About a week ago SpiffyJr created a post on his blog outlining his modules and their state. I quite liked the initiative, and felt like following up on this (what I hope to become) trend.
The reason I feel this is a good idea, is because there seems to be a lot of duplicate module creation. Zend Framework 2 developers don’t always realise something already exists, so decide to build something themselves. This is a waste of time, efforts and talent, which are all things I hate wasting. For this reason, I’ve compiled my own list of modules. So following is a description of my modules.
Most of my modules reside under the SpoonX organisation. The modules that make it to the organisation are stable, or at least complete enough. Currently, the only module that’s stable but not under the spoonx namespace, is the AssetManager module.
As perfectly described in the readme:
This module provides functionality to load assets and static files from your module directories through simple configuration. This allows you to avoid having to copy your files over to the public/ directory, and makes usage of assets very similar to what already is possible with view scripts, which can be overridden by other modules. In a nutshell, this module allows you to package assets with your module working out of the box.
On top of this, the module also allows you to apply filters, apply caching, create collections, create custom resolvers, create custom filters and create custom cachers.
This module is a wrapper for twitter bootstrap. It comes with some neat features allowing you to do some cool things.
Features (as taken from the README.md):
- Simple awesome forms (group action controls, create horizontal forms etc)
- Customisable (variables, components, plugins. No more downloading zip files!)
- Works with the AssetManager
- Plenty of ViewHelpers
- Extendable (run your own less files from bootstrap context to share mixins and variables)
There’s not much to this module. It’s a plugin for SxBootstrap that allows you to easily create stunning wizards.
This is (currently) a very small library. It has two components.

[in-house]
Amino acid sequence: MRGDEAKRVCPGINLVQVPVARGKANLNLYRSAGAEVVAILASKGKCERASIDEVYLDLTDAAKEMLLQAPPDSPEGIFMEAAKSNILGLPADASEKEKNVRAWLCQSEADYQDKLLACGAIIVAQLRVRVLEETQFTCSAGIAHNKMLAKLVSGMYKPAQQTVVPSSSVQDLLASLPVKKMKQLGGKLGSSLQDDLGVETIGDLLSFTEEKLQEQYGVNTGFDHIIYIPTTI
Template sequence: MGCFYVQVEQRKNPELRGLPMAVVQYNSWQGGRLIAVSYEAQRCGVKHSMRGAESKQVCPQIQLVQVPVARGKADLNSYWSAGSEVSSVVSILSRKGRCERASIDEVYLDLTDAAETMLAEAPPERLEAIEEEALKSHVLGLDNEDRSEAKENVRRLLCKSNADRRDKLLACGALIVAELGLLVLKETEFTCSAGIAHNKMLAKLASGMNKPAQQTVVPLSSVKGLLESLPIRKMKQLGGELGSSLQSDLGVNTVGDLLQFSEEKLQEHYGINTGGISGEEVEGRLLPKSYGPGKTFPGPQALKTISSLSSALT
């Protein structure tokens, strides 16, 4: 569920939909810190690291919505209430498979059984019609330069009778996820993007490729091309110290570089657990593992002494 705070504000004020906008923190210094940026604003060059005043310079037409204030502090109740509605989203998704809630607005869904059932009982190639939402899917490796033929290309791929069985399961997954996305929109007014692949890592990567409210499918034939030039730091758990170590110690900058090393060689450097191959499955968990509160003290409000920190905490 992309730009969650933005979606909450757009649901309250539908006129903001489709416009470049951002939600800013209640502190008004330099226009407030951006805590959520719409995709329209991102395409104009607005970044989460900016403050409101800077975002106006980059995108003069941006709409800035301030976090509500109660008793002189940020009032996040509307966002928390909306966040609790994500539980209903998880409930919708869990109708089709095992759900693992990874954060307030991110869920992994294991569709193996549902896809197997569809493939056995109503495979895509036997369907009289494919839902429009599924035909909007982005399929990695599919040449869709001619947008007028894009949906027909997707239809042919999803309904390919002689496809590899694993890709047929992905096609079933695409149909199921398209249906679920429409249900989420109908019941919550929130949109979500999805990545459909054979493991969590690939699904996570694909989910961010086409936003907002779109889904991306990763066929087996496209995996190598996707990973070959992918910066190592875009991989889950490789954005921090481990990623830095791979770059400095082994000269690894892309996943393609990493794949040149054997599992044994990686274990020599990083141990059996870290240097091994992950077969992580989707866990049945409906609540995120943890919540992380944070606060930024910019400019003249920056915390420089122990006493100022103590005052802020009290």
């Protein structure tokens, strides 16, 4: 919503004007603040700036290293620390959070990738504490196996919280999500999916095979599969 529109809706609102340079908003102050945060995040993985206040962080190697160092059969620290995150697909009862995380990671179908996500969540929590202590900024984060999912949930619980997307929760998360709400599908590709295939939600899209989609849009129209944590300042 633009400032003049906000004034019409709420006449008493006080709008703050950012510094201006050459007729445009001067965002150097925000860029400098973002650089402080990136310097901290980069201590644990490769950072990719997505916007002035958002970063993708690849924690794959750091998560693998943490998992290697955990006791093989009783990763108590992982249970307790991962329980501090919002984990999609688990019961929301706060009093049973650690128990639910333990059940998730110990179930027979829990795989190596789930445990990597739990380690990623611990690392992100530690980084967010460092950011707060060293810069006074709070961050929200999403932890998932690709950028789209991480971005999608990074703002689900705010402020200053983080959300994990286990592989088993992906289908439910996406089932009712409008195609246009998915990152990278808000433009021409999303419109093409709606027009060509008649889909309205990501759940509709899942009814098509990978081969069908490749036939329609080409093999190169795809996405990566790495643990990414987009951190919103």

The HtmlElement is pretty neat, it allows you to easily create markup using php. This is especially useful when creating viewhelpers; which is the reason it’s being used by SxBootstrap so intensively.
I started writing this component because of the annoying way
Zend\Form\Element were written, and the restrictions they had. I was constantly messing around with strings (eww) and found myself unable to add
ng- attributes due to restrictions (which, if you’ve ever used angular, is extremely annoying).
You can find some examples here.
This neat little component allows you to extract excerpts from bundles of markup without breaking the tags. This is really useful when it comes to, I don’t know, writing a blog (Yes, I’m hinting at SxBlog).
This module makes it incredibly easy to set up mailings. It does all of the boring work for you, and supplies useful functionality such as using ViewModels as templates and wrapping those templates in a layout. It also allows you to set up multiple configurations for multiple mailings, which will be merged with the default configuration (marked by the “default” key).
Features (as taken from the README.md):
- Easily configurable. Both messages and transport.
- Use ViewModels
- Layout support
- Mimepart detection
- Easy header configuration
- Access to Zend* classes
- Generates alternative (text) body
- 100% code coverage
- Scratches your back after a long day of work
- Makes a good drinking buddy.
This module is an attempt at creating a skeleton blog for minimalist bloggers (such as myself). It already includes a handful of features, but isn’t complete yet.
Here’s a screenshot of it in use:
SxBlog in use
This is not really a module. It’s basically a skeleton module (yes, I know, the repository name sort of gave that away) that allows you to easily start a new Zend Framework 2 module. It includes a license, composer.json, a module structure and basic tests. It’s easily used by running the setup script that’s bundled with it.
The following is the easiest way to get this up and running:
git clone email@example.com:SpoonX/SxSkeletonModule.git; cd SxSkeletonModule; ./setup.sh Username ModuleName; cd ..;
Note: Make sure you change the Username and ModuleName to yours. It’s used for the composer.json (and more files).
Writing this post took me quite a while but it was worth it. I hope it’ll help a developer or two. Building modules is awesome; but nothing’s as satisfying as watching people use, and enjoy using them.
There are obviously a lot more modules out there. A while ago Hounddog created a Zend Framework 2 modules application for which I helped out with the styling. It’s a really neat resource if you’re looking for modules, and I strongly suggest you submit your modules, too!